The Canadian Press - ONLINE EDITION

Canada Revenue Agency says 'preventing poverty' not allowed as goal for charity

  • Print
Robert Fox (right), Executive Director of Oxfam Canada, answers a question during a news conference on Parliament Hill in Ottawa, Monday December 7, 2009 as National Chairperson for the Council of Canadians Maude Barlow (left), and Director of the Sierra Club Canada John Bennett look on. THE CANADIAN PRESS/Adrian Wyld

Enlarge Image

Robert Fox (right), Executive Director of Oxfam Canada, answers a question during a news conference on Parliament Hill in Ottawa, Monday December 7, 2009 as National Chairperson for the Council of Canadians Maude Barlow (left), and Director of the Sierra Club Canada John Bennett look on. THE CANADIAN PRESS/Adrian Wyld

OTTAWA - The Canada Revenue Agency has told a well-known charity that it can no longer try to prevent poverty around the world, it can only alleviate poverty — because preventing poverty might benefit people who are not already poor.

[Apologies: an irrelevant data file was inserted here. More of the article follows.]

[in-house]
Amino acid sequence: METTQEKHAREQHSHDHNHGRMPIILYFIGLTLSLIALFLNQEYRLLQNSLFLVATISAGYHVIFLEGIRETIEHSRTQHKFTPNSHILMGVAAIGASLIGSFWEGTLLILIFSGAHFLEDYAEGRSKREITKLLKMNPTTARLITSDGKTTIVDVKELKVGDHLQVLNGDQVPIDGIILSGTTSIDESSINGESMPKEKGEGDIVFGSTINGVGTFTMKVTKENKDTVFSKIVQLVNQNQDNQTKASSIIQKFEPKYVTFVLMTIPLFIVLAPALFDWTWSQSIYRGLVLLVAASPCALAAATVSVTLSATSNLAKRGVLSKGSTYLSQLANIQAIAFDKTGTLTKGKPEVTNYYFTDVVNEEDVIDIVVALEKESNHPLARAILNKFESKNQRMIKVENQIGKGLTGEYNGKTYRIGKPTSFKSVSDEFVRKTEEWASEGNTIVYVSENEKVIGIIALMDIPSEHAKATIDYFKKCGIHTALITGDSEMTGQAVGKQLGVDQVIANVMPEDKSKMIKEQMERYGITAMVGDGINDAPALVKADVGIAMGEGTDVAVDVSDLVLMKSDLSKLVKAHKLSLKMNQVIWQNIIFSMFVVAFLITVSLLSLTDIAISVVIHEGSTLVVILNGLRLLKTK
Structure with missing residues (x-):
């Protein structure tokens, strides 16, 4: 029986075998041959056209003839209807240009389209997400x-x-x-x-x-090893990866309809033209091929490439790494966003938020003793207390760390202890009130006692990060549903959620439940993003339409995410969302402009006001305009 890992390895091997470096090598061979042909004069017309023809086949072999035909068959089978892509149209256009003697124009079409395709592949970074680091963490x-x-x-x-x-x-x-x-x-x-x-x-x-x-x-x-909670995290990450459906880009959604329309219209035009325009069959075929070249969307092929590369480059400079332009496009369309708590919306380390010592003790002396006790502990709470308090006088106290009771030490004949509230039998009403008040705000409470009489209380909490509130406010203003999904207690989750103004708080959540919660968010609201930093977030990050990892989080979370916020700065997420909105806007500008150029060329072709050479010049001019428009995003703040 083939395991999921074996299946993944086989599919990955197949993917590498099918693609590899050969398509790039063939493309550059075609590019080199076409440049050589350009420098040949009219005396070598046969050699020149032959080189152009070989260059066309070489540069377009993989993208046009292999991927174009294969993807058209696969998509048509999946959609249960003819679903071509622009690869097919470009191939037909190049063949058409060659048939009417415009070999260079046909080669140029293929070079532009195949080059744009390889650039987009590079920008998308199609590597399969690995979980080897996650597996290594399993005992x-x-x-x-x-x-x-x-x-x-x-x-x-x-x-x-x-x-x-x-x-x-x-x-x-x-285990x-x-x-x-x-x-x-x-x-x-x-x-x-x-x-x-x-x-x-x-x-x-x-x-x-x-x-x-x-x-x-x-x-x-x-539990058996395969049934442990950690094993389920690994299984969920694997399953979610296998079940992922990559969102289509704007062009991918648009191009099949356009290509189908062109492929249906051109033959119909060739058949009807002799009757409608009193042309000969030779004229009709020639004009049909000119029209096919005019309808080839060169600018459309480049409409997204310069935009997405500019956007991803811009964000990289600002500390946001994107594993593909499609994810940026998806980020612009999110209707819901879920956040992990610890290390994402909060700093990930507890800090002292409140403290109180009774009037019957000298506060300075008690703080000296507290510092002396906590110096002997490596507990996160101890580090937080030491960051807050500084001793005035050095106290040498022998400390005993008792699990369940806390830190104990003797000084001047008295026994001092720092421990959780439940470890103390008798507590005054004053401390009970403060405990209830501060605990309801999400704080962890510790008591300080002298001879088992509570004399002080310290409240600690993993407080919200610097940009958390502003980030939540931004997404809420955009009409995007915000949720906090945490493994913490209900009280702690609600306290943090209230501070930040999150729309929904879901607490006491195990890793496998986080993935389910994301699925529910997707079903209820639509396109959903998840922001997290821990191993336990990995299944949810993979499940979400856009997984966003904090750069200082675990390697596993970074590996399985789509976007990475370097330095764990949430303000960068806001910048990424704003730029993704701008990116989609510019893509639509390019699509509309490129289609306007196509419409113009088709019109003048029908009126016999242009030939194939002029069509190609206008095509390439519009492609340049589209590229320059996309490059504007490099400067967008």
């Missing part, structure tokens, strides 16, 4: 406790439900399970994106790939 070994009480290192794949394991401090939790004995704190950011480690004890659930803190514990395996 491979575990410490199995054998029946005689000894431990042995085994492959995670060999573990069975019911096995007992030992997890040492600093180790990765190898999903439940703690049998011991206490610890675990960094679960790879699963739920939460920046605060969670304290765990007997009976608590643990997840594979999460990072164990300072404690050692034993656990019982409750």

The bizarre bureaucratic brawl over a mission statement is yet more evidence of deteriorating relations between the Harper government and some parts of Canada's charitable sector.

The lexical scuffle began when Oxfam Canada filed papers with Industry Canada to renew its non-profit status, as required by Oct. 17 this year under a law passed in 2011.

Ottawa-based Oxfam initially submitted wording that its purpose as a charity is "to prevent and relieve poverty, vulnerability and suffering by improving the conditions of individuals whose lives, livelihood, security or well-being are at risk."

The international development group, founded in 1963, spends about $32 million each year on humanitarian relief and aid in Africa, Asia, and Central and South America, with a special emphasis on women's rights.

But the submission to Industry Canada also needed the approval of the charities directorate of the Canada Revenue Agency, and that's where the trouble began.